The Boxer Standard is an important guide for breeders, judges and exhibitors to understand and follow. Supporting the search for the IDEAL is of paramount importance in the development of high quality, sound and healthy individuals for the future success and enjoyment of our Breed.
By Eleanor Linderholm-Wood, Illustrated Standard Committee
Approved by The American Boxer Club Board of Directors on September 27, 2001
GENERAL APPEARANCE AND GUIDE TO JUDGING
The ideal Boxer is a medium-sized, square built dog of good substance with short back, strong limbs, and short, tight-fitting coat. His well developed muscles are clean, hard and appear smooth under taut skin.
|Neck, Topline, Body
Neck: Round, of ample length, muscular and clean without excessive hanging skin (dewlap). The neck has a distinctly marked nape with an elegant arch blending smoothly into the withers.
Topline: Smooth, firm, and slightly sloping.
Body: The chest is of fair width, and the forechest well defined and visible from the side. The brisket is deep, reaching down to the elbows; the depth of the body at the lowest point of the brisket equals half the height of the dog at the withers. The ribs, extending far to the rear, are well arched but not barrel shaped.
Back: The back is short, straight and muscular and firmly connects the withers to the hindquarters.
The loins are short and muscular. The lower stomach line is slightly tucked up, blending into a graceful curve to the rear. The croup is slightly sloped, flat and broad. Tail is set high, docked and carried upward. Pelvis long and in females especially broad.Substance: Sturdy with balanced musculature. Males larger boned than their female counterparts.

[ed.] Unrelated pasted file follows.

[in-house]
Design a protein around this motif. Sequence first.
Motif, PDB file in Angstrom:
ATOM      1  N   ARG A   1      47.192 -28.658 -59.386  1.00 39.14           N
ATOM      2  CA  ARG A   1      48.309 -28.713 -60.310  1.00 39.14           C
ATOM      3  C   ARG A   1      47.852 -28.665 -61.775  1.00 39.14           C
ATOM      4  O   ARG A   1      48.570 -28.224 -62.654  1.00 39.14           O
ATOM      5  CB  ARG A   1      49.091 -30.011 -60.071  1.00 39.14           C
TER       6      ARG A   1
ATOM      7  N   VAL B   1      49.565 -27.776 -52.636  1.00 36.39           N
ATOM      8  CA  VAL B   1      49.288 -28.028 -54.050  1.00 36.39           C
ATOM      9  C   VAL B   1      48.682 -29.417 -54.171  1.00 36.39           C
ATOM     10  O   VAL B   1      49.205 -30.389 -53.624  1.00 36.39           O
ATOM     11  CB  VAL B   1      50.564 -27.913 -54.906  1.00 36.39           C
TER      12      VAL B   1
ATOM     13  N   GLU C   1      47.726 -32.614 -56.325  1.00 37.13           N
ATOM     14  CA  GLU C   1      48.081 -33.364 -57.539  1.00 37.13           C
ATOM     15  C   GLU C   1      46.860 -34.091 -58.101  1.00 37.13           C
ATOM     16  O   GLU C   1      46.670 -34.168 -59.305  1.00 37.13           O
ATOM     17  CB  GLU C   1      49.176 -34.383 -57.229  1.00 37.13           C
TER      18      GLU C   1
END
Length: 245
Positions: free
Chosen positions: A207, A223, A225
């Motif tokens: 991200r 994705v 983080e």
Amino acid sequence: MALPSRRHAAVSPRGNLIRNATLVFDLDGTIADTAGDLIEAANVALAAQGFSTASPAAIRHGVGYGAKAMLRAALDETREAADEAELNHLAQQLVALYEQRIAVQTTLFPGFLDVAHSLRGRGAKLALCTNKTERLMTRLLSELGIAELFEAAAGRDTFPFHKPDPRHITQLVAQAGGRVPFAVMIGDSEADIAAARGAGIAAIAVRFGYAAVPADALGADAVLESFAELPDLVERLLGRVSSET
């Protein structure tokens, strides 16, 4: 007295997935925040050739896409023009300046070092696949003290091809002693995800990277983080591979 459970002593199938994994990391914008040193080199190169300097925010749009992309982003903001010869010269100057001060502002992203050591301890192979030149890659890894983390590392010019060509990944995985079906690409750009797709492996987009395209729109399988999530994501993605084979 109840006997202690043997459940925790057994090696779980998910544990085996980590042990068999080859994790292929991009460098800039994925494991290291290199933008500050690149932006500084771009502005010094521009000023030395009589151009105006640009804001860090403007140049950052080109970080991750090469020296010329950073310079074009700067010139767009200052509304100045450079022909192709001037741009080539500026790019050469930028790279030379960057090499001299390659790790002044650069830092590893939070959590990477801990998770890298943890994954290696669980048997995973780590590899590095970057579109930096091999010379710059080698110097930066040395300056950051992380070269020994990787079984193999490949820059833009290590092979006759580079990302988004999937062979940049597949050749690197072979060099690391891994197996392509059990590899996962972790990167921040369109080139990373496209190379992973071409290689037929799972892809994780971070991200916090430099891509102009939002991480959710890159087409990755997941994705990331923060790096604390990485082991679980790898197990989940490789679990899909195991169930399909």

|Judging the Boxer
In judging the Boxer, first consideration is given to general appearance to which attractive color and arresting style contribute. Next is overall balance with special attention devoted to the head, after which the individual body components are examined for their correct construction, and efficiency of gait is evaluated.
The beauty of the head depends upon harmonious proportion of muzzle to skull. The blunt muzzle is 1/3rd the length of the head from the occiput to the tip of the nose, and 2/3rds the width of the skull.
Size, Proportion, Substance
|Proportion: The body in profile is
of square proportion in that a horizontal line from the front of the
forechest to the rear projection of the upper thigh should equal the
length of a vertical line dropped from the top of the withers to the
The chest is of fair width, and the forechest well defined and visible from the side. The brisket is deep, reaching down to the elbows; the depth of the body at the lowest point of the brisket equals half the height of the dog at the withers.
|Head The chiseled head imparts to the Boxer a
unique individual stamp. It must be in correct proportion to the body.
Expression Intelligent and alert.
Eyes Dark brown in color, not too small, too protruding or too deep-set. Their mood-mirroring character combined with the wrinkling of the forehead, gives the Boxer head its unique quality of expressiveness.
Ears Set at the highest points of the sides of the skill are cropped,
cut rather long and tapering, raised when alert.
Eyes -- Male and Female
Enlargement of Male Eye From Illustration Above
Enlargement of Female Eye From Illustration Above
Features of the Boxer Bite
|Bite--The Boxer bite is undershot, the lower jaw protrudes beyond the upper and curves slightly upward. The incisor teeth of the lower jaw are in a straight line, with the canines preferably up front in the same line to give the jaw the greatest possible width. The upper line of incisors is slightly convex with the corner upper incisors fitting snugly back of the lower canine teeth on each side.|
|Hindquarters: The hindquarters are
strongly muscled with angulation in balance with that of the forequarters.